Day Five – Time to get ready

Read Scripture

Colossians 3:18-4:1

18 Wives, submit to your husbands, as is fitting in the Lord.

19 Husbands, love your wives and do not be harsh with them.

20 Children, obey your parents in everything, for this pleases the Lord.

21 Fathers, do not embitter your children, or they will become discouraged.

22 Slaves, obey your earthly masters in everything; and do it, not only when their eye is on you and to win their

favor, but with sincerity of heart and reverence for the Lord. 23 Whatever you do, work at it with all your heart, as

working for the Lord, not for men, 24

is the Lord Christ you are serving. 25 Anyone who does wrong will be repaid for his wrong, and there is no favoritism.

4 Masters, provide your slaves with what is right and fair, because you know that you also have a Master in


Sunday's Sermon

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Today's Devotional

The apostle Paul told us last week that living a new life as a Christian means that we clothe

ourselves with certain virtues. It’s a picture of putting good qualities on, much like we would dress

ourselves up in our finest clothes for a special occasion. What we saw then – and throughout this week –

is that those virtues are practiced in the context of community.

One of the themes that we’ve been picking up on throughout the week, then, has been how life

in community, life in the body of Christ doesn’t just take place on Sundays in worship. We’re to be the

body throughout the week; it’s not something that we simply do one day a week, it’s who we are.

But we have to be careful not to look past the value of what takes place when we worship

together. In some ways, it’s an opportunity for us to renew our promises – to make covenants – with

God and His people. It’s also a chance for us to see visibly what we already know spiritually: we’re part

of a larger corporate body of believers. Further, our worship together shows the diversity – both across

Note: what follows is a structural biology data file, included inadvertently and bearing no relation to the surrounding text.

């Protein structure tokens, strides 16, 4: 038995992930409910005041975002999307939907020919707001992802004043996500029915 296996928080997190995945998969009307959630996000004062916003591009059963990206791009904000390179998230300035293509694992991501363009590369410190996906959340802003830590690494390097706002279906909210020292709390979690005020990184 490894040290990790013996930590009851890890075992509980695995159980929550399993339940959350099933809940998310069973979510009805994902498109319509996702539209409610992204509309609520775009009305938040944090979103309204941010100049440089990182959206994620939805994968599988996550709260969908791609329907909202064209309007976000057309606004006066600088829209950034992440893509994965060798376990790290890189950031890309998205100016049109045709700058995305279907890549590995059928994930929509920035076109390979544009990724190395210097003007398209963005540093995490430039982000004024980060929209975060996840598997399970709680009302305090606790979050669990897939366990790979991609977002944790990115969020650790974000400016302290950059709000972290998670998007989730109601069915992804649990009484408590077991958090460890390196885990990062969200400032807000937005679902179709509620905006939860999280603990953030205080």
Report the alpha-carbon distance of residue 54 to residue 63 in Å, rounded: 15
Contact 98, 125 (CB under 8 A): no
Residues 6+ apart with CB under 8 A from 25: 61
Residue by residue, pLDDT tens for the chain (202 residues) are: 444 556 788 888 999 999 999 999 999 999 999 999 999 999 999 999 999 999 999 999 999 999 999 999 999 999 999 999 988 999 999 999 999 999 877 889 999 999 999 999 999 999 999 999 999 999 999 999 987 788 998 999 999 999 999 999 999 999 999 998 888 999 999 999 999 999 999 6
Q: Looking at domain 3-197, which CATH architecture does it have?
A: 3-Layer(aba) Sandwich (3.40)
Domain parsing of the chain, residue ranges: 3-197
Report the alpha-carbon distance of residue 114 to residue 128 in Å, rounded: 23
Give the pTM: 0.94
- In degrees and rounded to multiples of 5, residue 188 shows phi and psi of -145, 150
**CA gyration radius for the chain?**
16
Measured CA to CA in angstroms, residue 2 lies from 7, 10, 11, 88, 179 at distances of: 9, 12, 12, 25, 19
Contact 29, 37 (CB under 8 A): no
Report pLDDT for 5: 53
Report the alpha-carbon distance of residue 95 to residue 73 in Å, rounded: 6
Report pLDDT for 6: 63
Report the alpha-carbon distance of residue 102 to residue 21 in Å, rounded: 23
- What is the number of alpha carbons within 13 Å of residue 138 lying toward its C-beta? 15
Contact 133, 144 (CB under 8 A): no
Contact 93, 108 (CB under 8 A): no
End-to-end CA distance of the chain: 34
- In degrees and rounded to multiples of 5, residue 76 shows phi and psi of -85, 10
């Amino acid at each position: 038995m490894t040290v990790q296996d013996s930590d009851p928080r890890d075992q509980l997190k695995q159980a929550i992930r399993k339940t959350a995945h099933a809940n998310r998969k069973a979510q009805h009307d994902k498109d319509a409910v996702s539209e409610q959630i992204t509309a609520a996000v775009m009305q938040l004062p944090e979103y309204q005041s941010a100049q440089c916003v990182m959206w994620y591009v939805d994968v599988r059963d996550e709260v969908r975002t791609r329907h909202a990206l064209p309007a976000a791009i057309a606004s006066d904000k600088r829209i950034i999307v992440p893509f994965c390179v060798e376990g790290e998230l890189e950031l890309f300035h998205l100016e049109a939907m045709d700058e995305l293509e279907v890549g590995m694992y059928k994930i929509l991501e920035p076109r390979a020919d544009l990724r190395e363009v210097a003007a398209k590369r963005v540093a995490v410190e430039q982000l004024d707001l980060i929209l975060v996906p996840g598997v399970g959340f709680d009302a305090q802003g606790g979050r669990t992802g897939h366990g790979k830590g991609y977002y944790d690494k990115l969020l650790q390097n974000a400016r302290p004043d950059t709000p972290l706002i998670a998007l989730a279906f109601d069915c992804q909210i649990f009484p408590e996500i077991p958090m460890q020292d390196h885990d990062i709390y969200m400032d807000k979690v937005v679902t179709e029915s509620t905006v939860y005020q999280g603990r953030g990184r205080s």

cultures and generations – of the family of Christ. It’s important stuff.

Since it’s important, I simply want to encourage you today to get ready for church. And not just

by clothing yourself with Sunday attire, but really getting ready. Please pray for me, as I bring God’s

Word. Please pray for Justin and other worship leaders and their responsibilities. Please pray for people

serving in lots of ways. It’s time to get ready.

since you know that you will receive an inheritance from the Lord as a reward. It

Today's Challenge

Challenge: How do you get ready for church? Make sure you’re spiritually ready, too!

Pray that not only others but that you too would be ready for worship this week.

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Day Four – Cross-generational

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I will exalt you, my God the King;


I will praise your name for ever and ever.

2 Every day I will praise you

and extol your name for ever and ever.

3 Great is the LORD and most worthy of praise;

his greatness no one can fathom.

4 One generation will commend your works to another;

they will tell of your mighty acts.

5 They will speak of the glorious splendor of your majesty,

and I will meditate on your wonderful works.

6 They will tell of the power of your awesome works,

and I will proclaim your great deeds.

7 They will celebrate your abundant goodness

and joyfully sing of your righteousness.

8 The LORD is gracious and compassionate,

slow to anger and rich in love.

9 The LORD is good to all;

he has compassion on all he has made.

10 All you have made will praise you, O LORD;

your saints will extol you.

11 They will tell of the glory of your kingdom

and speak of your might,

so that all men may know of your mighty acts


and the glorious splendor of your kingdom.

13 Your kingdom is an everlasting kingdom,

and your dominion endures through all generations.

Sunday's Sermon

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Today's Devotional